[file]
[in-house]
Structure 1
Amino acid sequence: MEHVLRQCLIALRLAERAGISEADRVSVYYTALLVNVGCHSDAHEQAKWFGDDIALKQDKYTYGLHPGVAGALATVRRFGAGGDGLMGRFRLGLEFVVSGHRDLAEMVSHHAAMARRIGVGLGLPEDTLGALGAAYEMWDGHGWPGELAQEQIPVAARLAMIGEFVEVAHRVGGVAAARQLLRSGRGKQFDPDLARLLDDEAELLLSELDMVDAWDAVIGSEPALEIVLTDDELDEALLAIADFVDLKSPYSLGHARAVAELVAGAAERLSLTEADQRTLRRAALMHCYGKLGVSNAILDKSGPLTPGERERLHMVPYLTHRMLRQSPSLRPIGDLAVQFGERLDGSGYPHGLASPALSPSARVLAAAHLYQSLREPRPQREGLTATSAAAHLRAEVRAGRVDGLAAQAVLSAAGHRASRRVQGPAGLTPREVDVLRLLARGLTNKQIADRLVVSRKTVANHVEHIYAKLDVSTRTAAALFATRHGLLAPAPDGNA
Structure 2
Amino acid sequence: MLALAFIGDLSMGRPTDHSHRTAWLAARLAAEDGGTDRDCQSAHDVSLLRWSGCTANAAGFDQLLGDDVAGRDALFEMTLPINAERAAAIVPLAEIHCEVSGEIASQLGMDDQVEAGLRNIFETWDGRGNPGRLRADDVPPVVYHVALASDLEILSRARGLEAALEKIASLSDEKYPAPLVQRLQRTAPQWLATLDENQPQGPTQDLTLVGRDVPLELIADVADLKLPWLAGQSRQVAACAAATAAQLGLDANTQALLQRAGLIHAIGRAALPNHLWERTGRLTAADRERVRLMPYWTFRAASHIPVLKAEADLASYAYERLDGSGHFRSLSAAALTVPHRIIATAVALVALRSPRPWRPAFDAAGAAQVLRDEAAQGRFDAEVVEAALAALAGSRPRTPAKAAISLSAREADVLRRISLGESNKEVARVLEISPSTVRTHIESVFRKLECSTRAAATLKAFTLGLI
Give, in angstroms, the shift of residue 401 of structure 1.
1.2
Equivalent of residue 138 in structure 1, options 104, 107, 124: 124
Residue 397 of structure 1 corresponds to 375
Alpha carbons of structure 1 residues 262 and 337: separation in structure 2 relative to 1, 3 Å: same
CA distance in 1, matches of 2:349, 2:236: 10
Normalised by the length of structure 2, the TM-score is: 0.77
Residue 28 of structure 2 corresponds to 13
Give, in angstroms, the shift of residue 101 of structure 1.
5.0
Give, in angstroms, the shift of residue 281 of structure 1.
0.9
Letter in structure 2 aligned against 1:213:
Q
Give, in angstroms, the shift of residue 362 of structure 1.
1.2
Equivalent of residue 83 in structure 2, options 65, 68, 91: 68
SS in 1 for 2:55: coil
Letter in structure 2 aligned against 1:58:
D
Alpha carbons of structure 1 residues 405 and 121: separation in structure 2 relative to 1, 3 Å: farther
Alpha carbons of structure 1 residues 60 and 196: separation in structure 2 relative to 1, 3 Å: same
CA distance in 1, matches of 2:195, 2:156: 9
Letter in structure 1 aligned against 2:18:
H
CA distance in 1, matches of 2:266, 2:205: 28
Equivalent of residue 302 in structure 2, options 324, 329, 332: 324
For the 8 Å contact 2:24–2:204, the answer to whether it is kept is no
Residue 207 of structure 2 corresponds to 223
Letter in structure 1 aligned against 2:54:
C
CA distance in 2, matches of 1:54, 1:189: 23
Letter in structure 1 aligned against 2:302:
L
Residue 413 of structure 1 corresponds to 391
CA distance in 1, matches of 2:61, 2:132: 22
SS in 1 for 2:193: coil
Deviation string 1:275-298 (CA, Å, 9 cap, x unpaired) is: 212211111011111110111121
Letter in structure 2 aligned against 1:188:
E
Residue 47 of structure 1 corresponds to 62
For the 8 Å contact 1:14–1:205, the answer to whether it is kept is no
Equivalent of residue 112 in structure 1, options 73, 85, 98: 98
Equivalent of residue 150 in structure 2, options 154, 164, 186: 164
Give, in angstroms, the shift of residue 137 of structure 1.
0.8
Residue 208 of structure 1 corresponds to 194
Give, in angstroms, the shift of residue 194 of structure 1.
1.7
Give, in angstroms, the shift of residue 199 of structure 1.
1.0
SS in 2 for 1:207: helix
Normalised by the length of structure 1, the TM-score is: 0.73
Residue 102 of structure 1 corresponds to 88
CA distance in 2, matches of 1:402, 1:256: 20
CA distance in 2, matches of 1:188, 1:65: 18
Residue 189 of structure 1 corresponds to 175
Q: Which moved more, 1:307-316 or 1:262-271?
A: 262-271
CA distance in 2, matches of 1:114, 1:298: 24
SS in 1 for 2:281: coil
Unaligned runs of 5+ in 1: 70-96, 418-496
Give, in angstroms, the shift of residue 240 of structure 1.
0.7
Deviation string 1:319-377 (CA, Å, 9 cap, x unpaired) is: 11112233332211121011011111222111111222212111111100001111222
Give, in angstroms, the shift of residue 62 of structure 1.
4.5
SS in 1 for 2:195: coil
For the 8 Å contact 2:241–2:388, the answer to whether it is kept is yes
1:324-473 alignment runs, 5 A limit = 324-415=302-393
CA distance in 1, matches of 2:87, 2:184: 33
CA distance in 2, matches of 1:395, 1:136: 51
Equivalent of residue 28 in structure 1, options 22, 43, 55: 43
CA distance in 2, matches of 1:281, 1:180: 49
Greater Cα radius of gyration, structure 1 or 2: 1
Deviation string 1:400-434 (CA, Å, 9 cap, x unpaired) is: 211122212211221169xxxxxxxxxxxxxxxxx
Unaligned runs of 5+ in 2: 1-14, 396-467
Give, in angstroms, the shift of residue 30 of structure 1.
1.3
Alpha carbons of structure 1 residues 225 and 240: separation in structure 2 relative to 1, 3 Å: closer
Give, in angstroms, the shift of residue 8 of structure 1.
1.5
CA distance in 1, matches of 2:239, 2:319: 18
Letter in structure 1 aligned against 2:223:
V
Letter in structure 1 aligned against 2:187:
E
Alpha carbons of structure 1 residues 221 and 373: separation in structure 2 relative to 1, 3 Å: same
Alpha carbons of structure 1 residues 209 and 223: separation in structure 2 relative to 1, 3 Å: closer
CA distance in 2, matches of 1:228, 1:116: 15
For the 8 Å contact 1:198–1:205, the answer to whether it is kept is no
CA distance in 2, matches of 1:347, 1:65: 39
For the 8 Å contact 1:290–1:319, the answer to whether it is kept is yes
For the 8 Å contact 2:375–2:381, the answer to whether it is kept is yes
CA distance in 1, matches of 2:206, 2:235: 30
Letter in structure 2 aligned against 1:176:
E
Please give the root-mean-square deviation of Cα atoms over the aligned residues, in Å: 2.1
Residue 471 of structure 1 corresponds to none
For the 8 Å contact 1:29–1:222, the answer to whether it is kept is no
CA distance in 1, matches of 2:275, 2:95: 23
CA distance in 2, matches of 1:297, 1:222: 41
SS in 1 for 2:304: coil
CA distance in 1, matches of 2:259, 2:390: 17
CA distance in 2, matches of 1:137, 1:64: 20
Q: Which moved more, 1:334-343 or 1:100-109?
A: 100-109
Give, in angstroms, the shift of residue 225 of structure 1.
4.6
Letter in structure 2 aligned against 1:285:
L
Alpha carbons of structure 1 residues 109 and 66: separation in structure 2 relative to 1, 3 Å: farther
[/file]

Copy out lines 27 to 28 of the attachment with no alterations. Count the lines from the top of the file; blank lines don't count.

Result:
Alpha carbons of structure 1 residues 60 and 196: separation in structure 2 relative to 1, 3 Å: same
CA distance in 1, matches of 2:195, 2:156: 9